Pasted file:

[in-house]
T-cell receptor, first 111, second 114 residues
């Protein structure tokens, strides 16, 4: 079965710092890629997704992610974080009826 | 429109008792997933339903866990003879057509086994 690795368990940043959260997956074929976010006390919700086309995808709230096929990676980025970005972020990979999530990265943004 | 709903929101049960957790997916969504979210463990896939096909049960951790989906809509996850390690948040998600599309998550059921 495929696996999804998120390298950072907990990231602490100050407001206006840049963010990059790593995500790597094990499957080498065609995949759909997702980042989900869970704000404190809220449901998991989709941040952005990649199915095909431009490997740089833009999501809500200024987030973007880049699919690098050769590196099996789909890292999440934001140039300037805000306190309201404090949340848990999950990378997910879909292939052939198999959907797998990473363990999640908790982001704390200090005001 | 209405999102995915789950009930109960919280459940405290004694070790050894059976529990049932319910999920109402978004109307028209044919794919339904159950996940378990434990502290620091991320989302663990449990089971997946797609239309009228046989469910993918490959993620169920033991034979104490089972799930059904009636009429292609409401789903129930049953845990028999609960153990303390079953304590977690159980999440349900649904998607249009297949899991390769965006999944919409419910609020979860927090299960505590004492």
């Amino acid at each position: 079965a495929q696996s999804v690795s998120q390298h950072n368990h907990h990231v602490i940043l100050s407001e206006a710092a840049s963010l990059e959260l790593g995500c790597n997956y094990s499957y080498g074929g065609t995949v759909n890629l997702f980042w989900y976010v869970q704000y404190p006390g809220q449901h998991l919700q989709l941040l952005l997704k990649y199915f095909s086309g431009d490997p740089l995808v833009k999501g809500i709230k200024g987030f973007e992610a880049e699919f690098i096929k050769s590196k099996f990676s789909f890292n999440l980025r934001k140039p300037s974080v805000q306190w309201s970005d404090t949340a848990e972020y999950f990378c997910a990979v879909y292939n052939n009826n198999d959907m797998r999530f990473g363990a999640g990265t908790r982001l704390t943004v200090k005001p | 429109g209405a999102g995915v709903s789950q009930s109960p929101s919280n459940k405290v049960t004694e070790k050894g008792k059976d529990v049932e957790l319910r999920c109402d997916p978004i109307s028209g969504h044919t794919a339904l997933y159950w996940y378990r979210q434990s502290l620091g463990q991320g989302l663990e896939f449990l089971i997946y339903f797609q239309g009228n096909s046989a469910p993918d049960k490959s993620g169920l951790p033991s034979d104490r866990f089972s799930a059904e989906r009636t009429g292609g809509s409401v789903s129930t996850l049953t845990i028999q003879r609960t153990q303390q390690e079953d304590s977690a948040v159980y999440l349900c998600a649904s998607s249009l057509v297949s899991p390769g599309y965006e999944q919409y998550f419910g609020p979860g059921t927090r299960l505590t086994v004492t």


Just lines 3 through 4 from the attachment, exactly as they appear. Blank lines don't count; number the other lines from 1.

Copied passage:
């Protein structure tokens, strides 16, 4: 079965710092890629997704992610974080009826 | 429109008792997933339903866990003879057509086994 690795368990940043959260997956074929976010006390919700086309995808709230096929990676980025970005972020990979999530990265943004 | 709903929101049960957790997916969504979210463990896939096909049960951790989906809509996850390690948040998600599309998550059921 495929696996999804998120390298950072907990990231602490100050407001206006840049963010990059790593995500790597094990499957080498065609995949759909997702980042989900869970704000404190809220449901998991989709941040952005990649199915095909431009490997740089833009999501809500200024987030973007880049699919690098050769590196099996789909890292999440934001140039300037805000306190309201404090949340848990999950990378997910879909292939052939198999959907797998990473363990999640908790982001704390200090005001 | 209405999102995915789950009930109960919280459940405290004694070790050894059976529990049932319910999920109402978004109307028209044919794919339904159950996940378990434990502290620091991320989302663990449990089971997946797609239309009228046989469910993918490959993620169920033991034979104490089972799930059904009636009429292609409401789903129930049953845990028999609960153990303390079953304590977690159980999440349900649904998607249009297949899991390769965006999944919409419910609020979860927090299960505590004492």
């Amino acid at each position: 079965a495929q696996s999804v690795s998120q390298h950072n368990h907990h990231v602490i940043l100050s407001e206006a710092a840049s963010l990059e959260l790593g995500c790597n997956y094990s499957y080498g074929g065609t995949v759909n890629l997702f980042w989900y976010v869970q704000y404190p006390g809220q449901h998991l919700q989709l941040l952005l997704k990649y199915f095909s086309g431009d490997p740089l995808v833009k999501g809500i709230k200024g987030f973007e992610a880049e699919f690098i096929k050769s590196k099996f990676s789909f890292n999440l980025r934001k140039p300037s974080v805000q306190w309201s970005d404090t949340a848990e972020y999950f990378c997910a990979v879909y292939n052939n009826n198999d959907m797998r999530f990473g363990a999640g990265t908790r982001l704390t943004v200090k005001p | 429109g209405a999102g995915v709903s789950q009930s109960p929101s919280n459940k405290v049960t004694e070790k050894g008792k059976d529990v049932e957790l319910r999920c109402d997916p978004i109307s028209g969504h044919t794919a339904l997933y159950w996940y378990r979210q434990s502290l620091g463990q991320g989302l663990e896939f449990l089971i997946y339903f797609q239309g009228n096909s046989a469910p993918d049960k490959s993620g169920l951790p033991s034979d104490r866990f089972s799930a059904e989906r009636t009429g292609g809509s409401v789903s129930t996850l049953t845990i028999q003879r609960t153990q303390q390690e079953d304590s977690a948040v159980y999440l349900c998600a649904s998607s249009l057509v297949s899991p390769g599309y965006e999944q919409y998550f419910g609020p979860g059921t927090r299960l505590t086994v004492t």